Camden Valley, which may be considered the north-western branch of the Great Plains, was found, in the month of May last, to be, throughout its whole extent of twenty-five miles, exceedingly wet and boggy; and, as the dip of the country is evidently at N.N.W., in the direction of the extreme parts of the vale, and not only the Yorke River, but also certain partial drainings of the more considerable south-eastern patches of the plain (upon a somewhat higher level) are allowed slowly to escape to a lower western country, the surface of the valley throughout Mr. Cunningham's last stage northerly towards Hardwicke's Range, proved a perfect mire, abundantly saturated with water, which could not escape by percolation, the immediate sub-soil being a stiff tenacious clay. The plants of this part of Camden Valley are of those species that usually exist on lands constantly wet; and, as the surface of its lower or northern extreme was found covered with water to the depth of ten or twelve inches, no doubt can exist of the permanency of its marshy character.
the plains, are not only the two last kinds, but also iron-bark, and a species of callitris, or cypress; which latter will, doubtless, be found fully applicable to most of the purposes of rural economy. In a land, whose interior unfortunately does not afford us the means of a distant communication by navigable rivers, and consequently where an expensive land-carriage must ever be resorted to in the conveyance of the produce of the interior to the coast, the ease or difficulty of passing intermediate tracts of country, as well as the brevity or length of any new line of route between one portion of the country and another, will always be matters of consideration and moment with the farmer, whose possessions and stock are stationed in the interior, remote from our sea-port. To such it will be interesting to learn, that the distance from the settlement of Bathurst north to Liverpool Plains, by the way of Mudgee to the pass, is 160 miles; whilst from Patrick's Plains, on Hunter's River, those extensive level tracts may be visited by a remarkably easy line of country at N.W., through the same mountain gap, in 140 miles: the route recently discovered by Mr. Danger, the indefatigable surveyor of the Coal River (by which those extensive northern plains are said to be entered considerably to the eastward of Mr. Cunningham's tract), being possibly much shorter.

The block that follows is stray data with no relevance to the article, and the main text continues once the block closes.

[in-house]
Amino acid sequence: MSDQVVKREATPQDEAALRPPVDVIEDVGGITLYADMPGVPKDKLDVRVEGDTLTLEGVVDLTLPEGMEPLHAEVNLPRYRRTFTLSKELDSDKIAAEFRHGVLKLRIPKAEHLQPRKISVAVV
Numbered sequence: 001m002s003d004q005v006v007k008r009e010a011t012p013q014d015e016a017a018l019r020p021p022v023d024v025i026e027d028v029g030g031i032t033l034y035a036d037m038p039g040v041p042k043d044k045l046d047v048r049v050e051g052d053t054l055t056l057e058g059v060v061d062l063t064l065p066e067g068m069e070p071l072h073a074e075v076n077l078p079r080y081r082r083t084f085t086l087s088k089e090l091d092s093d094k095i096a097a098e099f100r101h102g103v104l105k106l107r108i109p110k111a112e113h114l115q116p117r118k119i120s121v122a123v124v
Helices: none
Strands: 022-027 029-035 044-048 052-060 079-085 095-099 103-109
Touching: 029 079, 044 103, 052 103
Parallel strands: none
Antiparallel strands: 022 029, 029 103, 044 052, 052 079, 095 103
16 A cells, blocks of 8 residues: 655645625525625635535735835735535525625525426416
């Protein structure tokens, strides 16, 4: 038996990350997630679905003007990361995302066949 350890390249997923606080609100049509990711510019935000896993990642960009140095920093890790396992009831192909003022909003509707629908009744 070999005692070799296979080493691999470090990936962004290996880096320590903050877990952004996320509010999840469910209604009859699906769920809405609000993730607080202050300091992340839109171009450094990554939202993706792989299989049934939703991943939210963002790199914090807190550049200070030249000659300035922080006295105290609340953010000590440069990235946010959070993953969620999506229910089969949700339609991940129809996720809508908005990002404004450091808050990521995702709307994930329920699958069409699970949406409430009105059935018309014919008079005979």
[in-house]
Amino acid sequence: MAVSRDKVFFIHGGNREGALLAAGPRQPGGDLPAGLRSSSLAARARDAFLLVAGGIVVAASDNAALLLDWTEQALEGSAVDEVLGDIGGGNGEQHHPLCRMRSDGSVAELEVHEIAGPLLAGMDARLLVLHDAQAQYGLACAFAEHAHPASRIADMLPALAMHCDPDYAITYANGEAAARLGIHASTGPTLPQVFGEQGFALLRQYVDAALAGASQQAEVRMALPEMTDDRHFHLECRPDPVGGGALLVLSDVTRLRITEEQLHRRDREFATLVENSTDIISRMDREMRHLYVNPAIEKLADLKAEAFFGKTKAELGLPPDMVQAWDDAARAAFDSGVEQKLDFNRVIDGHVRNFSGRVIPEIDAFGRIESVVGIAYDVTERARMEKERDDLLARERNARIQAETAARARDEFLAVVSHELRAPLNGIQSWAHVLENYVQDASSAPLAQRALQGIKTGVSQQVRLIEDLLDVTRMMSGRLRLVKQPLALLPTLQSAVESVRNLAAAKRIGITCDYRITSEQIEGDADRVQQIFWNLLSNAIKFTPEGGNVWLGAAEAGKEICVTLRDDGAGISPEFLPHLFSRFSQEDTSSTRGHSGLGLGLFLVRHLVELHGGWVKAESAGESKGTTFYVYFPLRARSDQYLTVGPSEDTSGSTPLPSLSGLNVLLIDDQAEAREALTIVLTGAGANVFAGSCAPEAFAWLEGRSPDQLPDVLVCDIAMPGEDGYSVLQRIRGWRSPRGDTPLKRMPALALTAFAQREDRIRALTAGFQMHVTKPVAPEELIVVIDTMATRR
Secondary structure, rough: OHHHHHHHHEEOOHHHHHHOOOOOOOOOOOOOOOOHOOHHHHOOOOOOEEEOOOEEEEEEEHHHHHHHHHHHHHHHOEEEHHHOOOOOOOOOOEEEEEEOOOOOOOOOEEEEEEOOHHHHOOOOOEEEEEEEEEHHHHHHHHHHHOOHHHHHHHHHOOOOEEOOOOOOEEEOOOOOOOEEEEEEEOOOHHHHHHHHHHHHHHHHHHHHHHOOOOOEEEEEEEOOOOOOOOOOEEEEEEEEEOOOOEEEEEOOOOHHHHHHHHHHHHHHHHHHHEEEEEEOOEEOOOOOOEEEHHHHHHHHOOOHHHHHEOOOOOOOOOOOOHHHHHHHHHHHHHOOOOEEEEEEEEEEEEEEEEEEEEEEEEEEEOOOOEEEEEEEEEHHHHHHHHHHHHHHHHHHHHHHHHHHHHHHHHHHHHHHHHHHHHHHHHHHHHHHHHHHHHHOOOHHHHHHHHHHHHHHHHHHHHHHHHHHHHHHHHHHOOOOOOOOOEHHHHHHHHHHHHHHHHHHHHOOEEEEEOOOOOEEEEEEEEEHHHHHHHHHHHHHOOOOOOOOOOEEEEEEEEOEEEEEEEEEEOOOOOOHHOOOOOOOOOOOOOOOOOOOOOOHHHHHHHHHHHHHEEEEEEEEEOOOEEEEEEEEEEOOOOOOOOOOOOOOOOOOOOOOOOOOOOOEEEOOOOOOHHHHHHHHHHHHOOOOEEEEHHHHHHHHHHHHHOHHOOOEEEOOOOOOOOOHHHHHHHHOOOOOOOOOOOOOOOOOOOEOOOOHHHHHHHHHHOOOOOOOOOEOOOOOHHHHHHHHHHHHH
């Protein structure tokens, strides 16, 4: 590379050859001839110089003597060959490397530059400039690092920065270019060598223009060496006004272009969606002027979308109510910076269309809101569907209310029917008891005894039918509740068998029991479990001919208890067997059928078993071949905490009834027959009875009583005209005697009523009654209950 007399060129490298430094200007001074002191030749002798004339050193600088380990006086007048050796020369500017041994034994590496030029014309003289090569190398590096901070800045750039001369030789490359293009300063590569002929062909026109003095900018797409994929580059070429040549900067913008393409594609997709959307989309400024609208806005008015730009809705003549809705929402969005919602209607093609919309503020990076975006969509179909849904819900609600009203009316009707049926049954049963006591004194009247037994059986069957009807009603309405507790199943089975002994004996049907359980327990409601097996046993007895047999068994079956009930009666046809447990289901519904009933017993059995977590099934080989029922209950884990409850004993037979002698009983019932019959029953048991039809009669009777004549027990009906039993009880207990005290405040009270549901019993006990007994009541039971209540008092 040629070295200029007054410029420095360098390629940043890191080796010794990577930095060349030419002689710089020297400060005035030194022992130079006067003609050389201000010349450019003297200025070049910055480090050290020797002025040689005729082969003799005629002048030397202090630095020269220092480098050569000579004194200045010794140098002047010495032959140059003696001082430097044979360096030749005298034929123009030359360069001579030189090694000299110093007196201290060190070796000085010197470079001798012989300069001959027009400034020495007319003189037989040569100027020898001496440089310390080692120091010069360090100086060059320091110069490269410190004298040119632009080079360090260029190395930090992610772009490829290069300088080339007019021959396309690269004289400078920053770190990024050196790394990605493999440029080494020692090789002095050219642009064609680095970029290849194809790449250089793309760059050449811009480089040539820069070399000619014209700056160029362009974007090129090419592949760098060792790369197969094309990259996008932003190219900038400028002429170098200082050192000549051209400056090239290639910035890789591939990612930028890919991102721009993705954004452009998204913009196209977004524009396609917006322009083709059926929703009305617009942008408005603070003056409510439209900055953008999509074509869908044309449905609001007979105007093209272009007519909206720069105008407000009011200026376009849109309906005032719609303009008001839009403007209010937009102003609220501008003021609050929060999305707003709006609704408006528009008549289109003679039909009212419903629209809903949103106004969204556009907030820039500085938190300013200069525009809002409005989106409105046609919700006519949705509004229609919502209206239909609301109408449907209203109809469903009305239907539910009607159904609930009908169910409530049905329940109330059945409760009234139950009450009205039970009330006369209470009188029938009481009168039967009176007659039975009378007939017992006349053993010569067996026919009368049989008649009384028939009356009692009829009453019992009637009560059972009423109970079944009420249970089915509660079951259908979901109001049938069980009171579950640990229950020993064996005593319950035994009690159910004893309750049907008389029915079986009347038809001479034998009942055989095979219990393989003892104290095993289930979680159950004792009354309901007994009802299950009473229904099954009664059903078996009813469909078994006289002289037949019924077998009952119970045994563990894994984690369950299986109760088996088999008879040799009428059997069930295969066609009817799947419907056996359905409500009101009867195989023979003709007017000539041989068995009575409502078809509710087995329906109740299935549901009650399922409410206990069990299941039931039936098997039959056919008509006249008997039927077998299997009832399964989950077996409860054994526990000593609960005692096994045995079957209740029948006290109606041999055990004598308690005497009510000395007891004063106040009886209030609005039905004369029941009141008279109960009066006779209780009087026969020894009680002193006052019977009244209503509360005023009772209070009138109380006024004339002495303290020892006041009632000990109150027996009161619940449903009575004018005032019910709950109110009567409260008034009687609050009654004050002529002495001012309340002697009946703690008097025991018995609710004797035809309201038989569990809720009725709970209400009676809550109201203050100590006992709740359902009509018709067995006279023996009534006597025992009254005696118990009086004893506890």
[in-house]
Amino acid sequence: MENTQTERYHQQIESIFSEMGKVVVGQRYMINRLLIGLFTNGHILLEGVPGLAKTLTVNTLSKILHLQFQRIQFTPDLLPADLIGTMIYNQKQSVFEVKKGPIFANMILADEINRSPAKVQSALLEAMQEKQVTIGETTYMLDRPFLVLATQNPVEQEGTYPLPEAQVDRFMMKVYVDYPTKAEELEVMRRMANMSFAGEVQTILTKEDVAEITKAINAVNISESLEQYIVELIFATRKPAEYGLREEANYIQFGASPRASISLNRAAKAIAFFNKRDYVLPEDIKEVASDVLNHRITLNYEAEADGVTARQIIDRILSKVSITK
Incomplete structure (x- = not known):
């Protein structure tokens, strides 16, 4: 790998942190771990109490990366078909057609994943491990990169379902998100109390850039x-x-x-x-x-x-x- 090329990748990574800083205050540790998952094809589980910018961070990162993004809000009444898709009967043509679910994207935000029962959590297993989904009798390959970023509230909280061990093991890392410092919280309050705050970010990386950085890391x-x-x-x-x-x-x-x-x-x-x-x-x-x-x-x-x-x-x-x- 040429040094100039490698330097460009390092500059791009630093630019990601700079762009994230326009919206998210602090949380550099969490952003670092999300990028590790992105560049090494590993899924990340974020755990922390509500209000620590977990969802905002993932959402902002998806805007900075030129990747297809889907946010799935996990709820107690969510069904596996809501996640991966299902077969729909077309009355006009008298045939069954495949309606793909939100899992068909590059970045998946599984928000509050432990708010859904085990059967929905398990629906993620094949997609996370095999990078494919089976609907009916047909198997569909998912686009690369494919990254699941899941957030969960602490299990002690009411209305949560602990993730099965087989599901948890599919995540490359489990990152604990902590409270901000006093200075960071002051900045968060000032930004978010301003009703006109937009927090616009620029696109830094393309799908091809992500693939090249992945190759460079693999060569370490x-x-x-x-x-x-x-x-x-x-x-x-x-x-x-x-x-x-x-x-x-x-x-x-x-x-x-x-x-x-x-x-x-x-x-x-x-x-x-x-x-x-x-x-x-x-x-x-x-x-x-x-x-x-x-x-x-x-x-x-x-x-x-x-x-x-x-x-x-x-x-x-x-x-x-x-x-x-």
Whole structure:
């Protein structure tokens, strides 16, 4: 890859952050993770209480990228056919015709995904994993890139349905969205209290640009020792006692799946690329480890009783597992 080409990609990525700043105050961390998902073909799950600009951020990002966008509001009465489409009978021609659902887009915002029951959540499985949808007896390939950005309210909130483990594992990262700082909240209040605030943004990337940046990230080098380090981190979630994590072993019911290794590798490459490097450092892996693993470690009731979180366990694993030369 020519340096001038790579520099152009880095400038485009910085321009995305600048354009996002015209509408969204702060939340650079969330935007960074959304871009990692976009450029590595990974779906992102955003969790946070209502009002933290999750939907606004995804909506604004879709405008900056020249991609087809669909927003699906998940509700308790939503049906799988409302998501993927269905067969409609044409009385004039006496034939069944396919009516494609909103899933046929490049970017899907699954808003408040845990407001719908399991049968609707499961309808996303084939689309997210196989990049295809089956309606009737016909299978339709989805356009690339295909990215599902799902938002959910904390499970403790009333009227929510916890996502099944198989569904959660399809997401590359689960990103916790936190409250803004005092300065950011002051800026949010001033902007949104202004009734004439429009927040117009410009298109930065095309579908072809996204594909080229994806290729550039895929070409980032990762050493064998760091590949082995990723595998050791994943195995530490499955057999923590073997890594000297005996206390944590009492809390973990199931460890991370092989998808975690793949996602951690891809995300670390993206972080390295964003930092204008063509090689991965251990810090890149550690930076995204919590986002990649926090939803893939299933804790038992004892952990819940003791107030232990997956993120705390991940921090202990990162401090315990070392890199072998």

As much has been gleaned from a late tour (professedly of botanical research) of those tracts of our north-western country over which the party had travelled, as will generally interest the farmer; and, on the whole, we may now say, that our present knowledge of the interior has put us in possession of such an abundant store of grazing lands, as will be at least more than doubly commensurate to the aggregate number of acres at present in request, however considerable may be the demands that have, of late, been made upon our unlocated lands by the proprietors of large grants; and, notwithstanding the applications of a growing farming community, long since established in the colony, for further stations to sustain its rapidly increasing stock, in the numerous requisitions of European families, whom salubrity of clime, and the hopes of realizing, in the afternoon of life, a comfortable independence, have invited to our shores.
Is love a phantom of the brain,
Is love an imp of Fancy's train,
Alas! more trausient its delights,
More deep, more keen its woes,
What is the rack, the bed of steel,
That firmest nerves can move ;-
Asiatic Journ, VOL. XXII. No. 127. D
SLAVE-TRADE AT THE MAURITIUS.